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From Middle English fallaci, fallace, fallas, from Old French fallace, from Latin fallacia (deception, deceit), from fallax (deceptive, deceitful), from fallere (to deceive).



fallacy (plural fallacies)

  1. Deceptive or false appearance; that which misleads the eye or the mind.
    Synonyms: deception, deceitfulness
    • 1749, Henry Fielding, The History of Tom Jones, a Foundling, volumes (please specify |volume=I to VI), London: A[ndrew] Millar, [], →OCLC:
      Mr Jones expressed great gratitude to the lady for the kind intentions towards him which she had expressed, and indeed testified, by this proposal; but, besides intimating some diffidence of success from the lady’s knowledge of his love to her niece, which had not been her case in regard to Mr Fitzpatrick, he said, he was afraid Miss Western would never agree to an imposition of this kind, as well from her utter detestation of all fallacy as from her avowed duty to her aunt.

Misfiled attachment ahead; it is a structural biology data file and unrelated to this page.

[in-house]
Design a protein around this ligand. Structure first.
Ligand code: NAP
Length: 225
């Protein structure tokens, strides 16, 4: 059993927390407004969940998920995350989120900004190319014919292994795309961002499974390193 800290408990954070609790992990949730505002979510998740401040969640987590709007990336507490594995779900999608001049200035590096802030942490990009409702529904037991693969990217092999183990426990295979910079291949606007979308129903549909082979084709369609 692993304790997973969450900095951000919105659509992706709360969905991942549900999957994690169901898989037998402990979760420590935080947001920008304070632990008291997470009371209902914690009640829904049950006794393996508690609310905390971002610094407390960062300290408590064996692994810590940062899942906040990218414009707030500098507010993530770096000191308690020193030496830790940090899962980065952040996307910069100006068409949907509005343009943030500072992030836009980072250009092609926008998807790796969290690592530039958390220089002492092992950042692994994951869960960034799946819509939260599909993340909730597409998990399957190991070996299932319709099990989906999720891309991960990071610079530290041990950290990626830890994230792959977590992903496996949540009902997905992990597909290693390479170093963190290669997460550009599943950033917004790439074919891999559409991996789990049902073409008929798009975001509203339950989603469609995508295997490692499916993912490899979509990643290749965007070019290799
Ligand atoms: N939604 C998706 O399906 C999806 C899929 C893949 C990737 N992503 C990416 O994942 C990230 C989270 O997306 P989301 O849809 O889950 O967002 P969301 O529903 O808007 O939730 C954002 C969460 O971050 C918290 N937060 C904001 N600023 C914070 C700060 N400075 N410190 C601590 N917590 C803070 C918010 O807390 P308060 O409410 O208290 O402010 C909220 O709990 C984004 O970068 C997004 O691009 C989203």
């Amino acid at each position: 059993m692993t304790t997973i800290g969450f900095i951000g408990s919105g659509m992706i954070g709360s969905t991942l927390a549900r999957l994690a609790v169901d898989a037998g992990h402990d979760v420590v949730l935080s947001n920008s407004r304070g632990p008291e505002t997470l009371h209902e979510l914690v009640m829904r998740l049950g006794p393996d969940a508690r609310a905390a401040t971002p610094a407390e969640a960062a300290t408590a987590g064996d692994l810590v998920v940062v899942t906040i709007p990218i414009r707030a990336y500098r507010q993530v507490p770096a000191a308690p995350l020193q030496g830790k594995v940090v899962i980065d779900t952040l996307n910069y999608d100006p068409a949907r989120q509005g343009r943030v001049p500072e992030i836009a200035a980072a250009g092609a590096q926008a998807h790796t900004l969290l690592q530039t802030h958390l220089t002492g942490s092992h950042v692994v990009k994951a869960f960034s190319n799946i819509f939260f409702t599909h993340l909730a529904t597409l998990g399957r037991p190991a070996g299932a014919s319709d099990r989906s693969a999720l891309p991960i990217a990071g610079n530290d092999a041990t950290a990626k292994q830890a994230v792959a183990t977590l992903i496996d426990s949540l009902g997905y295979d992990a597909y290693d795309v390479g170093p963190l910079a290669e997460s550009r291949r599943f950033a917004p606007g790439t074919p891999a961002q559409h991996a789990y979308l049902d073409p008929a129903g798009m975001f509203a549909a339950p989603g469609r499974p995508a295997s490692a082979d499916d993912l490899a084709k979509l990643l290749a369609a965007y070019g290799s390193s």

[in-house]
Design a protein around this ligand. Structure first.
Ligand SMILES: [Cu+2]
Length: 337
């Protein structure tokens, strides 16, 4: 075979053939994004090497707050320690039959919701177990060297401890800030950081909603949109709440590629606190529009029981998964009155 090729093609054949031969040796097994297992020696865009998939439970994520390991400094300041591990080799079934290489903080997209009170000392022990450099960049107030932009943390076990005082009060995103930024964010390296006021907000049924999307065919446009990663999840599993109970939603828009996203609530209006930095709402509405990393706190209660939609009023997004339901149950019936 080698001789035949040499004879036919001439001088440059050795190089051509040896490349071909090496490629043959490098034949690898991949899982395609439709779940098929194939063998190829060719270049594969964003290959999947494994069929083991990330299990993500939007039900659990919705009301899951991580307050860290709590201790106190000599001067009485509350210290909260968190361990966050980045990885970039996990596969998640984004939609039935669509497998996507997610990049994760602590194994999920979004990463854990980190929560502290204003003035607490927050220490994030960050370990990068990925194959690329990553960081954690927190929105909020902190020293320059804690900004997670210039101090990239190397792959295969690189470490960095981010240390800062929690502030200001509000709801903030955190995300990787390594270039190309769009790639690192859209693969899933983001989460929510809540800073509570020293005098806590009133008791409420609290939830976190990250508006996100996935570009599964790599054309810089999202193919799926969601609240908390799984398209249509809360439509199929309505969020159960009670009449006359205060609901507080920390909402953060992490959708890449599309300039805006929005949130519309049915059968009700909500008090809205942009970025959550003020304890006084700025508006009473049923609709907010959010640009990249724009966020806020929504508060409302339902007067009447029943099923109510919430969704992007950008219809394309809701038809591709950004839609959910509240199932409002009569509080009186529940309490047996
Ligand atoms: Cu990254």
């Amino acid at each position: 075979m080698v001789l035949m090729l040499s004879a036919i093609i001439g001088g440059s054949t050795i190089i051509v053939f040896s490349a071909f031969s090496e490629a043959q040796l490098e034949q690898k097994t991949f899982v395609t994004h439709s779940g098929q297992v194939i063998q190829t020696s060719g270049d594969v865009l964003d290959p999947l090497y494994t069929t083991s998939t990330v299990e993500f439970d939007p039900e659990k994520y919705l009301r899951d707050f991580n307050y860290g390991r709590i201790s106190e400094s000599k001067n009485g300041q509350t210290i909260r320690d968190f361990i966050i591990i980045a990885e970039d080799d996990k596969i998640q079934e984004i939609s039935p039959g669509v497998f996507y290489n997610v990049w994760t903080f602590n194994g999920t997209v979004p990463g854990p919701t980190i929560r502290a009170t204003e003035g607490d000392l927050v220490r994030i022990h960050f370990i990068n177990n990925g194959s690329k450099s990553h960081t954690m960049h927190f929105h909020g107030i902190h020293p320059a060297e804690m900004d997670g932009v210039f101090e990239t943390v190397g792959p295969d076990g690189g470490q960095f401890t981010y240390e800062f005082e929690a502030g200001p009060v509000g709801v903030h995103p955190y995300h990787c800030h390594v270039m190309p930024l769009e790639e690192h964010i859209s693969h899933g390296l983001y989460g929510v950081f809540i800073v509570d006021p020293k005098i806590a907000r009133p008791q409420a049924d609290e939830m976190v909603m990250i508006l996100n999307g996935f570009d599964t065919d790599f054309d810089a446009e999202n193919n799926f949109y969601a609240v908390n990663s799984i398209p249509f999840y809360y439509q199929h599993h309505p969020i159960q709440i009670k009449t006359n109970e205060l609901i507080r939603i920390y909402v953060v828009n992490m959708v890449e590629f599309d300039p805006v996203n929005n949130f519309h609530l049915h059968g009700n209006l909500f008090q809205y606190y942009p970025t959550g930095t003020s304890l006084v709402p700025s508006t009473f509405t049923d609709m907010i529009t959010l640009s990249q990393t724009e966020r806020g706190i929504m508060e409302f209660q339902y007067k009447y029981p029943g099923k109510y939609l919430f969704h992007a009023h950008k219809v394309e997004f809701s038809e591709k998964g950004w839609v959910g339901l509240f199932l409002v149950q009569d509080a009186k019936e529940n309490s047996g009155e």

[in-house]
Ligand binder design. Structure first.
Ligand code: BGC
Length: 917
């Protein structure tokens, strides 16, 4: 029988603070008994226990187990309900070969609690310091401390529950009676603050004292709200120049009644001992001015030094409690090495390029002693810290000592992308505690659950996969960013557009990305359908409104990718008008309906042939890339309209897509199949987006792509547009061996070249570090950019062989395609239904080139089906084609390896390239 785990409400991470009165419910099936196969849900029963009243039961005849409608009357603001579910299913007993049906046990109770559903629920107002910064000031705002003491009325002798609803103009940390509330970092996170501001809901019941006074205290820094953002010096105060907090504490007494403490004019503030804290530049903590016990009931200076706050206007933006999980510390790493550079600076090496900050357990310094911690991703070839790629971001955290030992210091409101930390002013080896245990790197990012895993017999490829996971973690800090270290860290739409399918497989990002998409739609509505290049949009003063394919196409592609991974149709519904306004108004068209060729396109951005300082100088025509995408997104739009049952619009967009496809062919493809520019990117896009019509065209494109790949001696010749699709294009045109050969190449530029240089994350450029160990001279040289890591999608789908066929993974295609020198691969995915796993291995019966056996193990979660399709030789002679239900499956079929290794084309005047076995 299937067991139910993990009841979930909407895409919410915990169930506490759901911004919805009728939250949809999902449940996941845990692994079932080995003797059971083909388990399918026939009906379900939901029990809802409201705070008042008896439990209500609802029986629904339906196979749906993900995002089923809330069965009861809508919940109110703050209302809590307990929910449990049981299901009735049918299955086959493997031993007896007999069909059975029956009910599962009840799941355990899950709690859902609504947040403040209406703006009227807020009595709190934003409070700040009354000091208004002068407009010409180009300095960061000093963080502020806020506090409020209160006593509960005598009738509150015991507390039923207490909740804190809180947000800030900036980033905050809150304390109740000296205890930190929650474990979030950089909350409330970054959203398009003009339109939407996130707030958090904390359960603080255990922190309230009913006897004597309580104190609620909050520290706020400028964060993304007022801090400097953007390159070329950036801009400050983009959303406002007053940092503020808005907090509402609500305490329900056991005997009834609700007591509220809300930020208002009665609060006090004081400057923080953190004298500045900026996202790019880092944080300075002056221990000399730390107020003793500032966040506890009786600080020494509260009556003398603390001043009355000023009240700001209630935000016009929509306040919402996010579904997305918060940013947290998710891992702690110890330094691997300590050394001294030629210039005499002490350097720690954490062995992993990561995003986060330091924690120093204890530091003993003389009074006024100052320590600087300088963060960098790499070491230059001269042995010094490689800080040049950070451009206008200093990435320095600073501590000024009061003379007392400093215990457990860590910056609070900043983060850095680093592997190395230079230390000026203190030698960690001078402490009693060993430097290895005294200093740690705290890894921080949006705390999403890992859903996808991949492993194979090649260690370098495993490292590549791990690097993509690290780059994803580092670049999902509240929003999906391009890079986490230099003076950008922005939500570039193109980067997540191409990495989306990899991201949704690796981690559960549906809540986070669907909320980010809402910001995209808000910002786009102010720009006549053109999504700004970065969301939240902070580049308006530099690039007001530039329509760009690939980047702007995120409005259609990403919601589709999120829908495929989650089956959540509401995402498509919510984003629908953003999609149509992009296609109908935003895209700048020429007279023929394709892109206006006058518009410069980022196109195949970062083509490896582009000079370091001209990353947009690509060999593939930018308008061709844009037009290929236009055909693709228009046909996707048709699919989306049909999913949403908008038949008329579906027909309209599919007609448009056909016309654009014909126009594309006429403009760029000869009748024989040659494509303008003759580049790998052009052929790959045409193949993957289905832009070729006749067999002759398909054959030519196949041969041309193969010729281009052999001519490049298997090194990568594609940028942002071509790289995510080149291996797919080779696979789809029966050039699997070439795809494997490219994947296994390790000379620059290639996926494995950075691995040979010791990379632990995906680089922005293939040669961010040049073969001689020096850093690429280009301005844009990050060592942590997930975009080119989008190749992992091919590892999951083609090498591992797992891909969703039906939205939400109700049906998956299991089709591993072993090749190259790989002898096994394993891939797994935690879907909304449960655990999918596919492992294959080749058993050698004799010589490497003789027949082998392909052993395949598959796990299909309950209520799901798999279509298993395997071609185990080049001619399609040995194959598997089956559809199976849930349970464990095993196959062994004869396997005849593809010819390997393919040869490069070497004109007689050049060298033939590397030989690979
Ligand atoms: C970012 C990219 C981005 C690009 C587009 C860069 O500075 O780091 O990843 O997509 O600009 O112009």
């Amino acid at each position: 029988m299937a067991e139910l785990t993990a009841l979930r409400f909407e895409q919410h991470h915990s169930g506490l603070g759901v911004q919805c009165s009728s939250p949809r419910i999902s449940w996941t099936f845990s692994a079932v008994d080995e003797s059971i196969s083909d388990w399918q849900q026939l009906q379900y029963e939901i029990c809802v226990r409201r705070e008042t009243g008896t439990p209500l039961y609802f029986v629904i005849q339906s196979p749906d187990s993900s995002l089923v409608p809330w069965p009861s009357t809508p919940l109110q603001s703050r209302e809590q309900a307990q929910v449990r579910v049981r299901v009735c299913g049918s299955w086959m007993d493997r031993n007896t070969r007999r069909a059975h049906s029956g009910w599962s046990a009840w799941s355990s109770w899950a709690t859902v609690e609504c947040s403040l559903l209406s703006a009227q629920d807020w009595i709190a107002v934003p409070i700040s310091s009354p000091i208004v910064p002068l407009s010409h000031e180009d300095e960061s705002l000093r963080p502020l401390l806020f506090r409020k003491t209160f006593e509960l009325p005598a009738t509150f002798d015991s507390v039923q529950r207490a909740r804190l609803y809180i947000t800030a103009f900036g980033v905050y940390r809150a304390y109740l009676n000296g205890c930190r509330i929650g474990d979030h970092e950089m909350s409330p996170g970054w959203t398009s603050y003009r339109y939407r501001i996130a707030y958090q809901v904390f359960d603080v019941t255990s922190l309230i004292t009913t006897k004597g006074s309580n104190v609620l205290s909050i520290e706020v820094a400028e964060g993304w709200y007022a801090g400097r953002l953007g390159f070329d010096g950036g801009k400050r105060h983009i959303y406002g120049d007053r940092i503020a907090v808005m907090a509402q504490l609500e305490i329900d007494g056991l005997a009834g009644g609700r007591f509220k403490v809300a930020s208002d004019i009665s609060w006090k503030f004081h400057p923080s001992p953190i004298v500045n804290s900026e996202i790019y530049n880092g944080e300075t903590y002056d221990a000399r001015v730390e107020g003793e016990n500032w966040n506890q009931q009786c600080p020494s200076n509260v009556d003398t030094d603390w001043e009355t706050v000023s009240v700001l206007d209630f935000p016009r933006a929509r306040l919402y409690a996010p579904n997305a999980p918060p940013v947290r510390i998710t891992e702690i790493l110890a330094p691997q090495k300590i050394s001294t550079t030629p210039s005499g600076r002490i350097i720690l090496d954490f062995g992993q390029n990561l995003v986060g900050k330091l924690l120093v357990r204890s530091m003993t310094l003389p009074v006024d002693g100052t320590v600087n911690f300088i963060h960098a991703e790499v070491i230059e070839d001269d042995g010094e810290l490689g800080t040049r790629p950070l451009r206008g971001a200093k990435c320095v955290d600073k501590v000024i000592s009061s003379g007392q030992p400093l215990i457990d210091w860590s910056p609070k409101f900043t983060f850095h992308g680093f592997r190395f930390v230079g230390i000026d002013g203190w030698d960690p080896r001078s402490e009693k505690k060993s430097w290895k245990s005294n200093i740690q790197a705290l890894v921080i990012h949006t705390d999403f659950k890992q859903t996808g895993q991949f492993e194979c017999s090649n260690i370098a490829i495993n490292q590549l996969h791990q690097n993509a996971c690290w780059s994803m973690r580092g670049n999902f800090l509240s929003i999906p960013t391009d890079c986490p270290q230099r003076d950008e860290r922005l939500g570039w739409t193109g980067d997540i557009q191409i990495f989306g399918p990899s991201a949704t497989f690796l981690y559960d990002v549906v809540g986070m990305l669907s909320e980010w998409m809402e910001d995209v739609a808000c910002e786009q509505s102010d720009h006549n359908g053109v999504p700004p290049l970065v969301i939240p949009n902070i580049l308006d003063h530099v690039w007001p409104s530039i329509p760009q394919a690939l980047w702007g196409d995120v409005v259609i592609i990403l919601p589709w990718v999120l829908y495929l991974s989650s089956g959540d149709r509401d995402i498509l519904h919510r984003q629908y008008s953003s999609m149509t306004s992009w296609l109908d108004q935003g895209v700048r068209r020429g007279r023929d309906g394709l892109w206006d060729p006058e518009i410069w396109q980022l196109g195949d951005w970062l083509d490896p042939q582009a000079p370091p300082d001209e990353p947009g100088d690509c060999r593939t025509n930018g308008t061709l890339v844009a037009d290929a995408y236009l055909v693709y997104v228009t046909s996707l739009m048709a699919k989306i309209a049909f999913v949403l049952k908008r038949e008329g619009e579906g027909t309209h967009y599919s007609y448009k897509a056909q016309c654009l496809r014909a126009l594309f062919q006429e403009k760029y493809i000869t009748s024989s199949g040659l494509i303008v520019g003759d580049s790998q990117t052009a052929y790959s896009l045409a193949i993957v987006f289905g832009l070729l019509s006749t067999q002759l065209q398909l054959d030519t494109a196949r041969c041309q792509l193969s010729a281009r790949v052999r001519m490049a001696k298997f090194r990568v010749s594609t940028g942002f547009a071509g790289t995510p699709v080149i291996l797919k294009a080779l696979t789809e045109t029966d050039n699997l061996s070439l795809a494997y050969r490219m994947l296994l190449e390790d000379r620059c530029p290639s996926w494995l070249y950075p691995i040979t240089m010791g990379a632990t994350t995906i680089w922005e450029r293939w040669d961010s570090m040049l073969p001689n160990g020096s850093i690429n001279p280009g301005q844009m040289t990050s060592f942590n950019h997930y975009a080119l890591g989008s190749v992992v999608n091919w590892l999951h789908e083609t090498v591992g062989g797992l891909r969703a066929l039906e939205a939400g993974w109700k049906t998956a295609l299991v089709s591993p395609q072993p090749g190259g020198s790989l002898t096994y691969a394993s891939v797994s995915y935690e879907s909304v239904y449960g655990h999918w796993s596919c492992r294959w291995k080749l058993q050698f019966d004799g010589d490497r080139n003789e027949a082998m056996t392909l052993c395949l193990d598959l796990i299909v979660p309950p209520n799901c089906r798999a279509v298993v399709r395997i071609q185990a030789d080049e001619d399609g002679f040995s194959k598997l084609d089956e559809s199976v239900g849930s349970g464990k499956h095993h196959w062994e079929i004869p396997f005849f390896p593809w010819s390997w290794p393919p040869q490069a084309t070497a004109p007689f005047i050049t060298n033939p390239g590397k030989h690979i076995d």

• 1834, L[etitia] E[lizabeth] L[andon], Francesca Carrara. [], volume II, London: Richard Bentley, [], (successor to Henry Colburn), →OCLC, pages 108–109:
      I no longer believe in happiness, because I see the fallacy of my first belief; and the examination which that induced, has shewn me the fallacy of all. Shew me a heart without its hidden wound.
  2. (logic) An argument, or apparent argument, which professes to be decisive of the matter at issue, while in reality it is not; a specious argument.
    Synonyms: logical fallacy; see also Thesaurus:incorrect argument
    Hyponyms: formal fallacy, informal fallacy
    • 1983, Richard Ellis, The Book of Sharks, Knopf, →ISBN, page 163:
      Baldridge also showed the "one molecule of blood," usually held to be the stimulus for attracting sharks, to be another common fallacy, since a molecule of blood does not exist.

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